Developed from presentations at the 2018 International Writing Across the Curriculum conference, this collection documents a key moment in the history of WAC, foregrounding connection and diversity as keys to the sustainability of the WAC movement in the face of new and long-standing challenges. Contributors reflect on the history and ongoing evolution of WAC, honoring grassroots efforts while establishing a more unified structure of collaborative leadership and mentorship. The chapters in this collection offer a rich variety of practices, pedagogies, mindsets, and methodologies for readers who are invested in using writing in a wide range of institutional and disciplinary contexts. Boldly engaging such pressing topics as translingualism, anti-racism, emotional labor, and learning analytics, the eighteen chapters collected here testify to WAC's durability, persistence, and resilience in an ever-changing educational landscape.
Genre Across The Curriculum
edited by Anne Herrington and Charles Moran Utah State University Press, 2005 Library of Congress PE1404.G398 2005 | Dewey Decimal 808.042071
Genre across the Curriculum will function as a "good" textbook, one not for the student, but for the teacher, and one with an eye on the context of writing. Here you will find models of practice, descriptions written by teachers who have integrated the teaching of genre into their pedagogy in ways that both support and empower the student writer.
While authors here look at courses across disciplines and across a range of genres, they are similar in presenting genre as situated within specific classrooms, disciplines, and institutions. Their assignments embody the pedagogy of a particular teacher, and student responses here embody students' prior experiences with writing. In each chapter, the authors define a particular genre, define the learning goals implicit in assigning that genre, explain how they help their students work through the assignment, and, finally, discuss how they evaluate the writing their students do in response to their teaching.
In response to a request from the NSSE Board of Directors, the editors have brought together chapters from recent NSSE yearbooks that deal with problems of continuing concern to teachers, administrators, and specialists in curriculum development, including the problem of bringing about change in the curriculum. A recurring theme is the importance of taking account of the culture of the school when considering proposals or curriculum change. A valuable resource as a guide to thinking about persistent curriculum issues, this volume deserves a place on every educator's bookshelf.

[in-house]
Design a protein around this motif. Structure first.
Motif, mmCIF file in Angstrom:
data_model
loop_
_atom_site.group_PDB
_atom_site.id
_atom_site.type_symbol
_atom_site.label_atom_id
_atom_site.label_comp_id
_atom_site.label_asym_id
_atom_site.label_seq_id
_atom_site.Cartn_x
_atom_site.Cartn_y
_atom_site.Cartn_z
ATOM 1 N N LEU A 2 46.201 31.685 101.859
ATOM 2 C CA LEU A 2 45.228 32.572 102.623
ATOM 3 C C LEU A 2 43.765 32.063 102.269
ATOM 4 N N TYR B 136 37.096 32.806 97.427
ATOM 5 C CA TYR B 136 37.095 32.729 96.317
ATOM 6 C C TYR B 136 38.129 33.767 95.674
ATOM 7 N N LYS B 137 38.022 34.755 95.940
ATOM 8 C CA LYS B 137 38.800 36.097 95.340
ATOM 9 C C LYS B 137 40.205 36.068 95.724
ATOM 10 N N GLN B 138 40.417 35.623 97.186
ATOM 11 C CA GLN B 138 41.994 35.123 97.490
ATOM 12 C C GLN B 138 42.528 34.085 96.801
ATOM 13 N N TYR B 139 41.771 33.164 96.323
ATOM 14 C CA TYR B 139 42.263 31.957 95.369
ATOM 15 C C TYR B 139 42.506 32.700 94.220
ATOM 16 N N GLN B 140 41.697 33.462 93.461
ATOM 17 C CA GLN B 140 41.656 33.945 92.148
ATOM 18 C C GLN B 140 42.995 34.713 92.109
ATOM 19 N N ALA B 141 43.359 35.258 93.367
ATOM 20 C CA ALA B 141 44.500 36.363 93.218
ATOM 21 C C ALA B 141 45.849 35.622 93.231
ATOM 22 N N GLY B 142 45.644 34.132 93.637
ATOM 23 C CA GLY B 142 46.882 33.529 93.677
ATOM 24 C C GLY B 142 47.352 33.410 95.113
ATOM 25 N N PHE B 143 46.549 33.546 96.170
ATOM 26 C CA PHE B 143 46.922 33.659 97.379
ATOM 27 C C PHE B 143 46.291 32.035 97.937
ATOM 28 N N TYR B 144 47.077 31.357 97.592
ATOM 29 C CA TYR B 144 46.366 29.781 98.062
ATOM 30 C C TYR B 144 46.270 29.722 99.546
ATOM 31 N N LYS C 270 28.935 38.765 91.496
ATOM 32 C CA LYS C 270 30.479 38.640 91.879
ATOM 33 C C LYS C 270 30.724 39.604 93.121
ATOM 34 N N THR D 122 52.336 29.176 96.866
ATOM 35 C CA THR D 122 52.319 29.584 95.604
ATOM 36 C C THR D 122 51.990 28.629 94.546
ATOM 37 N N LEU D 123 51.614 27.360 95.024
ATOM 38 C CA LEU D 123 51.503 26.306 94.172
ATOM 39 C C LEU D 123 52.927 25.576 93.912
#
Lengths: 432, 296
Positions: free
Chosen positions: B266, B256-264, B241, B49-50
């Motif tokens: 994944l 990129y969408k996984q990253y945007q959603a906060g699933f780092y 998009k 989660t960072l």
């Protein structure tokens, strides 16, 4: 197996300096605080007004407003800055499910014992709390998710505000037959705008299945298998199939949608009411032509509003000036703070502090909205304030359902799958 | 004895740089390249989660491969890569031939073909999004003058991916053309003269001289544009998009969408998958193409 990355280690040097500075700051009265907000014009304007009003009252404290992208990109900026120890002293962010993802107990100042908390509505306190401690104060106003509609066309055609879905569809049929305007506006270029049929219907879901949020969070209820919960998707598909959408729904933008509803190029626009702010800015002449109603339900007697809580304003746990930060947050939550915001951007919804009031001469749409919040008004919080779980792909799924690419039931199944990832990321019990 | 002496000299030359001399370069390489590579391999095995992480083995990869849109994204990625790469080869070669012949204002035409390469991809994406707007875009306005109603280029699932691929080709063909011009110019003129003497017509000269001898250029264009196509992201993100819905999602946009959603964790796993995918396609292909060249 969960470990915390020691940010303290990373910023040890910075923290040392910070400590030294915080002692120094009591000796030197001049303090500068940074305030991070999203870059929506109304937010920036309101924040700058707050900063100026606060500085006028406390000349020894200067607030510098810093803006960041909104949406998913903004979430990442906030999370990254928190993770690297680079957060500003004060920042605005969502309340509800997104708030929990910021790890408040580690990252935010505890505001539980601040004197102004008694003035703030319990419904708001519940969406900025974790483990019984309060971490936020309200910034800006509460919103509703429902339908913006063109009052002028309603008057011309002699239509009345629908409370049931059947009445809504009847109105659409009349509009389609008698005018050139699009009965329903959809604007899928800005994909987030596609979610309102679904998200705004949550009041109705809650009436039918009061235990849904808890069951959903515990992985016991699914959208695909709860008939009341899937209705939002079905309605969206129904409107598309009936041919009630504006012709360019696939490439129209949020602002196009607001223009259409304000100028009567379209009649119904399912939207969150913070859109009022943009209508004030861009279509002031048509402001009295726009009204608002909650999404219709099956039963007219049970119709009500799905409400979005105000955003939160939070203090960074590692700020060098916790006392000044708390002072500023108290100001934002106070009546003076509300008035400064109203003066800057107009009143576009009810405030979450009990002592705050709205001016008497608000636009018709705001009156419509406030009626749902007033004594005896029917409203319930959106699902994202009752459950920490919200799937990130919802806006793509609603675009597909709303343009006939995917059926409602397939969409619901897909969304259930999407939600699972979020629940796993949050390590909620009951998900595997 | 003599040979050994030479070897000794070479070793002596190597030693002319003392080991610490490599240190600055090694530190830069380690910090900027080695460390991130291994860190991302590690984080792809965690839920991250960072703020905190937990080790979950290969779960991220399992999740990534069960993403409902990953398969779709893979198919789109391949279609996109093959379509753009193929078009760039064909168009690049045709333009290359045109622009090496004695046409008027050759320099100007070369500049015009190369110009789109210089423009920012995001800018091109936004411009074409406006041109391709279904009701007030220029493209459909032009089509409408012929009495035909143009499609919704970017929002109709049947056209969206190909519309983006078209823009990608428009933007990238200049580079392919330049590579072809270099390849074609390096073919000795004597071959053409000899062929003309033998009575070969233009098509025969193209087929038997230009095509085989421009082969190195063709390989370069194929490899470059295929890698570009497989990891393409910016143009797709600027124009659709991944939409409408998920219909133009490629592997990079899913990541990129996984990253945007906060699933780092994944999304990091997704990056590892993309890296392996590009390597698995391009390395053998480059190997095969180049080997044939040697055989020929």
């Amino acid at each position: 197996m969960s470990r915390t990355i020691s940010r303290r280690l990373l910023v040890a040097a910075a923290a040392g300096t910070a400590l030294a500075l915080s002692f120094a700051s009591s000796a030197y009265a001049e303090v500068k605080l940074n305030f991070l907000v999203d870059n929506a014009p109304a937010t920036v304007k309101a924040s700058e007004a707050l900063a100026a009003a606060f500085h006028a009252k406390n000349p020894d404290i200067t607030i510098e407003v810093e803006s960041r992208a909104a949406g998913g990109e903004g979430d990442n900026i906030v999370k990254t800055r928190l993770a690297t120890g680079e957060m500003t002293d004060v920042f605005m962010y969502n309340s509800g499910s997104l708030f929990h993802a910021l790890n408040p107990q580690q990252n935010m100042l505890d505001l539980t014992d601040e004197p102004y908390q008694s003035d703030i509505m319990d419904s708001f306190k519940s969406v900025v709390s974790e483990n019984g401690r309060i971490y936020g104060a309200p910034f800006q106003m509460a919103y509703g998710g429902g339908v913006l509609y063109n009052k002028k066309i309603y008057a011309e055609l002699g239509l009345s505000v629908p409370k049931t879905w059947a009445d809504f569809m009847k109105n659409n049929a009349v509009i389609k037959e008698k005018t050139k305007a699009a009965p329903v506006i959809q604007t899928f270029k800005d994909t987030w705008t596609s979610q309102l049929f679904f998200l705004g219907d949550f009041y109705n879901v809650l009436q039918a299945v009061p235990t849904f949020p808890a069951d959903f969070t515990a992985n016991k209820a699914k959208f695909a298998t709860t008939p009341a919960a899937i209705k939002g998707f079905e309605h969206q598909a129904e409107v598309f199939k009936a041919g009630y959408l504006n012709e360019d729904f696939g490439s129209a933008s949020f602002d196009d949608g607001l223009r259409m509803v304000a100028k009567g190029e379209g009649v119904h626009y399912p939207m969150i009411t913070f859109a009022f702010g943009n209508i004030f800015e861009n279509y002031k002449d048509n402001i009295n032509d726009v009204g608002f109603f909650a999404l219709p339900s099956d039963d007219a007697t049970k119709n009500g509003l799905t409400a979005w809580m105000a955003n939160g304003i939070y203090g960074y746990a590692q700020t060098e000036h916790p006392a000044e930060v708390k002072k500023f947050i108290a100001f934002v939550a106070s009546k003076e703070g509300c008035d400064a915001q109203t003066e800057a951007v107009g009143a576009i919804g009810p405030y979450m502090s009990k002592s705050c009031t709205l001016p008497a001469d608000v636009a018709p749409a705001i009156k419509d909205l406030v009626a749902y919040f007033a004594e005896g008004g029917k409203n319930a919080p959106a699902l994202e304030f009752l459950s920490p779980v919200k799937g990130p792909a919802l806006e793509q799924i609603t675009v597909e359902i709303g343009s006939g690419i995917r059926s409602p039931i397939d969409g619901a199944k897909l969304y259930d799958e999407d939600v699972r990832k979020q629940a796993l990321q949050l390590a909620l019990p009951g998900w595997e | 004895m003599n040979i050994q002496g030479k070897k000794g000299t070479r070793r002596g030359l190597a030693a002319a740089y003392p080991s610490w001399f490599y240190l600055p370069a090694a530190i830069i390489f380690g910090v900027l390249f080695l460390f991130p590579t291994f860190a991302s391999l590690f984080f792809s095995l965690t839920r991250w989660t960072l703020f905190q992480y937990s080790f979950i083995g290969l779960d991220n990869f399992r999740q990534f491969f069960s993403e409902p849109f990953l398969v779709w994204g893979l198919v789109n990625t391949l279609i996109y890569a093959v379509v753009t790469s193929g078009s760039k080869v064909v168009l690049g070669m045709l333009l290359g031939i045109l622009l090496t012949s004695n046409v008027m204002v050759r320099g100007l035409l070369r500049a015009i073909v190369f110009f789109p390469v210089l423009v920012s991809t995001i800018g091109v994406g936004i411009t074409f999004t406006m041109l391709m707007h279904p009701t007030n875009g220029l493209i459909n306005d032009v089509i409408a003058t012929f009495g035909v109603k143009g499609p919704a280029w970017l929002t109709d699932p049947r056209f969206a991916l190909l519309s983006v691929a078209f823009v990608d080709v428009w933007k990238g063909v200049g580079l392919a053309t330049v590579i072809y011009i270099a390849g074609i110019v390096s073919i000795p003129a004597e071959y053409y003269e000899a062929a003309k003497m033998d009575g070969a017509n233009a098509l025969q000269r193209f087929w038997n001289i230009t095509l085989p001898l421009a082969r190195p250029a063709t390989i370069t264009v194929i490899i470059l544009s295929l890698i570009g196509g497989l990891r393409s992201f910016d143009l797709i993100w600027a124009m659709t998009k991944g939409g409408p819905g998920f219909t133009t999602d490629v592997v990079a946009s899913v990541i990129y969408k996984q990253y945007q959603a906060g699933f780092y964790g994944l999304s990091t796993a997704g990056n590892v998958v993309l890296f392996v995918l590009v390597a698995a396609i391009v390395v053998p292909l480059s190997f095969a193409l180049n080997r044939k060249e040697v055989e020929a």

This edition brings Dewey's educational theory into sharp focus, framing his two classic works by frank assessments, past and present, of the practical applications of Dewey's ideas. In addition to a substantial introduction in which Philip W. Jackson explains why more of Dewey's ideas haven't been put into practice, this edition restores a "lost" chapter, dropped from the book by Dewey in 1915.
What is a liberal education and what part can science play in it? How should we think about the task of developing a curriculum? How should educational research conceive of its goals? Joseph Schwab's essays on these questions have influenced education internationally for more than twenty-five years.
Schwab participated in what Daniel Bell has described as the "most thoroughgoing experiment in general education in any college in the United States," the College of the University of Chicago during the thirties, forties, and fifties. He played a central role in the curriculum reform movement of the sixties, and his extraordinary command of science, the philosophy of science, and traditional and modern views of liberal education found expression in these exceptionally thoughtful essays.
"I am very impressed by the practicality of [Egan's] introduction of the use of story-forms in curriculum for young children. His model is fascinating, and its various possibilities in a range of fields makes it worth a good look by many kinds of teachers."—Maxine Greene, Teachers College, Columbia
Ever since Horace Mann promoted state supported schooling in the 1850s, the aims of U.S. public education have been the subject of heated national debate. Whose Goals? Whose Aspirations? joins this debate by exploring clashing educational aims in a discipline-based university classroom and the consequences of these clashes for "underprepared" writers.
In this close-up look at a White middle-class teacher and his ethnically diverse students, Fishman and McCarthy examine not only the role of Standard English in college writing instruction but also the underlying and highly charged issues of multiculturalism, race cognizance, and social class.